With the pneumatic cuff wrapped around the arm and the electronic stethoscope installed immediately below the cuff along the brachial artery course, we proceeded to BP measurement during manual cuff deflation (at 2–3 mmHg/s) and recorded the whole procedure. In 20 study participants without and 20 study participants with cardiovascular risk factors or diseases, we repeated the measurement a few minutes later for reproducibility assessment. During the same session, we also measured oscillometric SBP (SBPosc), DBP (DBPosc), and MBP (MBPosc) with a Dinamap ProCare 300 system (GE Healthcare, Chicago, Illinois, USA) on both arms.

In ICU patients, the DPT-6000 pressure transducer used to monitor intra-arterial BP was temporarily disconnected from the monitoring system and connected to the MP35 system for simultaneous recording with Korotkoff sounds and cuff pressure from the contralateral arm.

On the recorded signal, we first calculated the second derivative of the cuff pulse pressure (PP) waveform to identify and delineate each cardiac cycle whatever the pulse amplitude. We then removed, on this second derivative, all peaks the amplitude of which was under an empirically determined ratio of the mean amplitude of positive and negative peaks, respectively, to reject noise and identify, on the remaining peaks, the onset (foot) of the systolic peak and its apex, allowing measurement of the time from the foot to the apex of the oscillometric waveform systolic peak (tf-a). The algorithm tracked tf-a changes during cuff deflation and identified the time [time at which the systolic peak apex delay reaches it first maximum (tad1)] and the corresponding pressure [arm cuff pressure corresponding to the first maximum of the systolic peak foot-to-apex time interval (Pad1)] of its first maximum value, then detected the occasional occurrence of a second maximum value (Fig. 1).

In ICU patients, we measured the intra-arterial SBP (SBPIA) and DBP corresponding to the cardiac cycle at which the Korotkoff sounds, respectively, occurred and disappeared.

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Statistical analysis

Data were tested for distribution normality with the d’Agostino and Pearson omnibus normality test. Results were expressed as mean ± SD for continuous variables with normal distribution, median (first to third quartiles) for the others. Techniques were compared by linear regression with Pearson r 2 (for normally distributed variables) or Spearman r (for nonnormally distributed variables) calculation, Bland and Altman analysis with bias, and Lin concordance correlation coefficient (CCC) with two-sided confidence intervals. Strength of agreement was considered poor if CCC less than 0.90, moderate if CCC 0.90–0.95, substantial if CCC 0.95–0.99, and almost perfect if CCC at least 0.99. Intraobserver reproducibility was assessed by CCC. Comparisons between study participants without (group CVRF0), with one (CVRF1), or with more than one (CVRF>1) cardiovascular risk factors or disease were performed by analysis of variance (ANOVA) with the Kruskal–Wallis test. Comparisons between study participants with or without cardiovascular risk factors or disease for categorical variables were performed with the Fisher's exact test. Results were considered significant for P less than 0.05. Statistical analysis was performed with Prism V5.0 (GraphPad, La Jolla, California, USA), and CCC was calculated online at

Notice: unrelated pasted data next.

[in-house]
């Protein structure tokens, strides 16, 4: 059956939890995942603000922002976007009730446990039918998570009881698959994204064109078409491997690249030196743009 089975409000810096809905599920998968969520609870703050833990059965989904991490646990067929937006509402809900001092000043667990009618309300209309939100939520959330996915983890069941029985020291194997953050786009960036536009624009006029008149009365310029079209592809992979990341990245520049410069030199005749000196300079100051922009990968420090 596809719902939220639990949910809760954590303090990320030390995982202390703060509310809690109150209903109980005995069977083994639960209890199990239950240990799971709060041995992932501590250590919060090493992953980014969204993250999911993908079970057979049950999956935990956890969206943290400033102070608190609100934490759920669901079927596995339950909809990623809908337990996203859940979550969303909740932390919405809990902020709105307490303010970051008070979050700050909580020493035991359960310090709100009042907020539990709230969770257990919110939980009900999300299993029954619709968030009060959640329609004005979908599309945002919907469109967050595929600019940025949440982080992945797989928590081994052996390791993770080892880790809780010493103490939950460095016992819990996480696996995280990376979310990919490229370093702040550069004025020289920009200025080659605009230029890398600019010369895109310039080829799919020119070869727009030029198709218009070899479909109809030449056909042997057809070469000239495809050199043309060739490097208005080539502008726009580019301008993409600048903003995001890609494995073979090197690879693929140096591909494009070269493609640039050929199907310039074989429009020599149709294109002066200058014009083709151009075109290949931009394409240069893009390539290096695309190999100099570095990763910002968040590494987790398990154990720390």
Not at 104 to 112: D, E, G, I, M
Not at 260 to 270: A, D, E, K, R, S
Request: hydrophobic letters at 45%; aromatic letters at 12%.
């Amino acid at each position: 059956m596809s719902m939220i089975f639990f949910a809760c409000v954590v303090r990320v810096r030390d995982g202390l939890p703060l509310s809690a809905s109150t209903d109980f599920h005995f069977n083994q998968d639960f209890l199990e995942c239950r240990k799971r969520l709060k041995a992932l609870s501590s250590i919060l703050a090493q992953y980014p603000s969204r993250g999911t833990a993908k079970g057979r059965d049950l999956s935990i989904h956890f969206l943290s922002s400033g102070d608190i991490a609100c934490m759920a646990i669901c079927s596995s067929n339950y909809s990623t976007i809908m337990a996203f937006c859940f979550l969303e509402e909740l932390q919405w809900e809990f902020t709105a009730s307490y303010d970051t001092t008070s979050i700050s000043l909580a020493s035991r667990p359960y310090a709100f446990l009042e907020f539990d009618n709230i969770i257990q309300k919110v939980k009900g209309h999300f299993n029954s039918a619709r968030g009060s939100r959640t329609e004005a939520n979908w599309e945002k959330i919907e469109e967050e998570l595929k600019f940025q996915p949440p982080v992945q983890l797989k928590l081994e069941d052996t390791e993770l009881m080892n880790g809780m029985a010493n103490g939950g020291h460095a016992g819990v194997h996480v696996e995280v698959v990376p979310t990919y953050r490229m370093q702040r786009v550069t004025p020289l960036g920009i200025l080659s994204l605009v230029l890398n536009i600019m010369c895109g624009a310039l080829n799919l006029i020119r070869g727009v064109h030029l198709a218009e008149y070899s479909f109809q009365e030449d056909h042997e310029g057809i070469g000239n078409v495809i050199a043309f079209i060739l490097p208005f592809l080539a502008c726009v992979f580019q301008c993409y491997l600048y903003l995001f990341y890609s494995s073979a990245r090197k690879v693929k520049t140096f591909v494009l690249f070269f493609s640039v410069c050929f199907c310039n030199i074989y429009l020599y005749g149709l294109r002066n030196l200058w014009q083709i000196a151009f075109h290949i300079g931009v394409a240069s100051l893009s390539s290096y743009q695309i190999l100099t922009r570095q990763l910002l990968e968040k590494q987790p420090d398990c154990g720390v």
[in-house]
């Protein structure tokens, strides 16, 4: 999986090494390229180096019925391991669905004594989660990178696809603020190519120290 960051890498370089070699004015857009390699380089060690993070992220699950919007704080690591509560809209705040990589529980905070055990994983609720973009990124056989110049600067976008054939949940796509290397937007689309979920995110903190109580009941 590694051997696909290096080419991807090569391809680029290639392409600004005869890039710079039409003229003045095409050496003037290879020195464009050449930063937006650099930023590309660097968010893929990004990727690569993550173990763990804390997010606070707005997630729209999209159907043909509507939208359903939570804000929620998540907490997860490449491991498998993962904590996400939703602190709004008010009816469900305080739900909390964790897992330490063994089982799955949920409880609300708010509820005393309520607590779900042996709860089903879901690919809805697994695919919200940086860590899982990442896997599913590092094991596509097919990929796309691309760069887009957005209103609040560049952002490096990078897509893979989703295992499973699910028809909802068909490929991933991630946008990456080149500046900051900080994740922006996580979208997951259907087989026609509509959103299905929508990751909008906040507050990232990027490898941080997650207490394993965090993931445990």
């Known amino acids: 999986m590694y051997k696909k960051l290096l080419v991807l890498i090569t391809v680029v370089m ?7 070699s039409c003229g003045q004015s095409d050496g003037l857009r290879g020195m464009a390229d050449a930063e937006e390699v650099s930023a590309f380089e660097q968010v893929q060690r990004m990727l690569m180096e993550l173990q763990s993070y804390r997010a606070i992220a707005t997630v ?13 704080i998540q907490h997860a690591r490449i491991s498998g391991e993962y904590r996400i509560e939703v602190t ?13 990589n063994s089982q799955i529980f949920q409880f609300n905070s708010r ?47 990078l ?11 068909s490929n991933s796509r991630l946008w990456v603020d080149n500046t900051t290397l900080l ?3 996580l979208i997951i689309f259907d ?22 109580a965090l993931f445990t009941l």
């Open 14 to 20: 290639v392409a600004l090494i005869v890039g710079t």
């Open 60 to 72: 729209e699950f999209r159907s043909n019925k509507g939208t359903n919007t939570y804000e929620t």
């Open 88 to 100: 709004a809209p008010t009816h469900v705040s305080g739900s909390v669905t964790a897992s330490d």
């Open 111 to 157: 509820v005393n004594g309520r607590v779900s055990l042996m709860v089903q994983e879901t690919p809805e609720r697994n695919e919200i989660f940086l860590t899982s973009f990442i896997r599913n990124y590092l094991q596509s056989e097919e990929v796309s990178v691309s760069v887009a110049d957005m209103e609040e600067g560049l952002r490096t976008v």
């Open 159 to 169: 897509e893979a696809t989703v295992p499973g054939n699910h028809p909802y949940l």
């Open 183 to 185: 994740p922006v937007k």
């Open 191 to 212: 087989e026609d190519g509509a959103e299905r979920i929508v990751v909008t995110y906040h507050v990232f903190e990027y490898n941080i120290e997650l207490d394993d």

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We included 145 study participants, of whom 53 had none, 51 had one, and 41 had more than one cardiovascular risk factors or disease: 31 were smokers, 49 had hypertension, 39 had diabetes, 12 had chronic kidney disease (of whom four required hemodialysis), seven had peripheral artery disease, and one had coronary disease (Table 1). In 19 study participants, one upper limb was not available for measurement (for instance, the arm with the arteriovenous fistula in hemodialysis patients). Pad1 measurement was feasible in all study participants. Oscillometry failed in one patient because of arrhythmia. In the whole population sample, none of the measured variable passed the normality test except right DBPosc. In study participants without cardiovascular risk factor, all variables passed normality test except age, BMI, right MBP, Pad1, and tad1. In study participants with one single cardiovascular risk factor, only age, left and right SBPK, and left and right Pad1 passed normality test. In study participants with more than one cardiovascular risk factor, BMI, right SBPosc, and right and left tad1 did not pass the normality test. Therefore, pressure values are presented here as median (first to third quartile) for consistency (Table 2).



Agreement between Pad1 and SBPK (Fig. 2a) was close to 0.99 in the whole population sample and in study participants with one or more cardiovascular risk factors, and moderate (on the right side) to substantial (on the left side) in study participants without cardiovascular risk factor (Table 3). Agreement between Pad1 and SBPosc (Fig. 2b) and between SBPK and SBPosc (Fig. 2c) was generally poor but reached moderate level on the right side in the whole population sample and in study participants with one or more cardiovascular risk factor and on the left side in study participants with one cardiovascular risk factor (Table 3).